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Monday, April 26, 2010

Prospero's Got Class: An Analysis of Class Divisions within The Tempest

After viewing the play this past week, the thing that struck me most was how Shakespeare chooses to represent his characters. In nearly all of his plays, the different levels of class are represented by their different forms of dialogue and attire. The tempest was no different in this regard. While characters like the King and Prospero were subject to long, intellectual forms of delivery, others like Trinculo and Stefano. As a butler and a jester, the two men are presented to be drunken fools who do nothing but get themselves into trouble; they also work to appeal to a mass audience and bring light to certain deeper themes, following the typical Shakespearean style. Additionally, the boatswain and other crew members were always shown with open shirts or casual dress with an extremely simplistic speech. It is also interesting how Shakespeare portrays the one woman in the entire play: naive, inferior, easily-manipulated. She believes whatever Prospero says, often having difficulty understanding what he is trying to say. When Ferdinand arrives, she is instantly infatuated with him. The playwright seems to make the statement that women are simple-minded and rely on men for happiness.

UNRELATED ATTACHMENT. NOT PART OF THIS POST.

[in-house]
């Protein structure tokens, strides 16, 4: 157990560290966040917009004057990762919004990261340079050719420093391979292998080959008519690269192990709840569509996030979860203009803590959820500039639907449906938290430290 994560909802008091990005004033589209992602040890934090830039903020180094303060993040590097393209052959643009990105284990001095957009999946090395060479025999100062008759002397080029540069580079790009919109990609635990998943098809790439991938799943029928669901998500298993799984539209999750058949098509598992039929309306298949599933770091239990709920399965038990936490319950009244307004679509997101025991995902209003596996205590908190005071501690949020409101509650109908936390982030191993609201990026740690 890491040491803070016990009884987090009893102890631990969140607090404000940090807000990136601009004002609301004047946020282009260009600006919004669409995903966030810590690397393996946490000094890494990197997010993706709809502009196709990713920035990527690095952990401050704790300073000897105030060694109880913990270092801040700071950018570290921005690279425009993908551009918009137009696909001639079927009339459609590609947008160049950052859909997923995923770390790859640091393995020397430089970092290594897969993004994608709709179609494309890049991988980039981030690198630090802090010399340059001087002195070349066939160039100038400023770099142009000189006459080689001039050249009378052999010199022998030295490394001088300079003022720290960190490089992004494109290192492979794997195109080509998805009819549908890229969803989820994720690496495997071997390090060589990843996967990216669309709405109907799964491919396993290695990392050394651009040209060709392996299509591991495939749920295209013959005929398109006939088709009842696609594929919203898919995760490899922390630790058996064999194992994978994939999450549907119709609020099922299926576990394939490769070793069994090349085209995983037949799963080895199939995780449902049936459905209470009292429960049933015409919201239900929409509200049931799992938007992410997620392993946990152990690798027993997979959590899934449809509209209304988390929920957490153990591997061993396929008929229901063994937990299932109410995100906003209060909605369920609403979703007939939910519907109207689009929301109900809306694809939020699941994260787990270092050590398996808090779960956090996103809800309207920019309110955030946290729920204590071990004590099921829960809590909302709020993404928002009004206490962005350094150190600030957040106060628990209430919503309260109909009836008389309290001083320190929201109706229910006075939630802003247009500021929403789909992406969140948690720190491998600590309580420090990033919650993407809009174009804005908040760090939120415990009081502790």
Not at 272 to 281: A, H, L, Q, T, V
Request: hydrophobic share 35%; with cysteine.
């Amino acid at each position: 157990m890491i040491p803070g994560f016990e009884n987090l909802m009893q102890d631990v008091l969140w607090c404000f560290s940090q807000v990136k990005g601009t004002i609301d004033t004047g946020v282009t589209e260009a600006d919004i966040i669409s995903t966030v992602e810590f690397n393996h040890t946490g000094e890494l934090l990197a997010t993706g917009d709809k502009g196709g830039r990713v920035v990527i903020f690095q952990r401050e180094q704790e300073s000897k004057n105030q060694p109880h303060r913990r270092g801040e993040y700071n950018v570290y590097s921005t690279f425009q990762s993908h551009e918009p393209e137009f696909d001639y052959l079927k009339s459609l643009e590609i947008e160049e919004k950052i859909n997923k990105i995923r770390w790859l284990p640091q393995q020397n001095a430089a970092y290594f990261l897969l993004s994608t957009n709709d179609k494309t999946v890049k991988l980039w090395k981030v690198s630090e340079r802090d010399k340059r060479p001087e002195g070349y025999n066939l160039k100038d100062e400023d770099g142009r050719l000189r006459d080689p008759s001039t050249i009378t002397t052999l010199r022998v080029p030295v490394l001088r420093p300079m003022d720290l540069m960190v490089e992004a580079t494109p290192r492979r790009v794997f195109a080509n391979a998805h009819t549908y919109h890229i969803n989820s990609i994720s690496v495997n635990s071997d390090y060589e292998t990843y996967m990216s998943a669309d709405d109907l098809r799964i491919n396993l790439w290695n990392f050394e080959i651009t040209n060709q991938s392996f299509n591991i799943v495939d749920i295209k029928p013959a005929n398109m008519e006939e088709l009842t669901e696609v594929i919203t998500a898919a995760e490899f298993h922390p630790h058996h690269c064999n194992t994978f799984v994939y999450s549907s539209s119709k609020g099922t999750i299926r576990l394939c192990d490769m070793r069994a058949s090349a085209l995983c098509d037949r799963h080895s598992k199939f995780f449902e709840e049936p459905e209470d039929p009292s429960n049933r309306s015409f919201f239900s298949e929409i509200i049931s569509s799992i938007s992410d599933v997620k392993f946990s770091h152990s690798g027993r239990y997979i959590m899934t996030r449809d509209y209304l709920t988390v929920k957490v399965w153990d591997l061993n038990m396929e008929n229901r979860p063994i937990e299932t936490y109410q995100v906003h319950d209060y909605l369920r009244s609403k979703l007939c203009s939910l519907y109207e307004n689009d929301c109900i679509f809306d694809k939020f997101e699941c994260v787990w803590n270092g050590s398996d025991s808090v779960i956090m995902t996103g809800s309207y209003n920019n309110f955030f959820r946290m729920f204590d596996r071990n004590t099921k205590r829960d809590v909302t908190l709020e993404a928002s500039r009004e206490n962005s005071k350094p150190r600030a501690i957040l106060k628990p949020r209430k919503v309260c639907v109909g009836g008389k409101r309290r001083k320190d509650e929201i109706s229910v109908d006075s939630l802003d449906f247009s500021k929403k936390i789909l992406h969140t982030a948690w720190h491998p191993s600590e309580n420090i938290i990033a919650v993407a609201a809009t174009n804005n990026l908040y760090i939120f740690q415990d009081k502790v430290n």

1. I agree that Miranda is portrayed as very naive, believing everything Prospero says.I would go further to say that The Tempest is critiquing Prospero, who mainupulates and oppresses Miranda through her isolation from others. Prospero refutes Miranda's initial infatuation with Ferdinand because she doesn't know any better, and hasn't seen other men. This shows Prospero uses Miranda's isolation for his own ends, resulting in Marinda's description as naive.

  2. This was an interesting post. I never really thought to look at the dress of the characters. I also find it interesting that even on a fairly unsettled island with few inhabitants, Prospero manages to forge some definitive classes amongst the people and spirits of the island.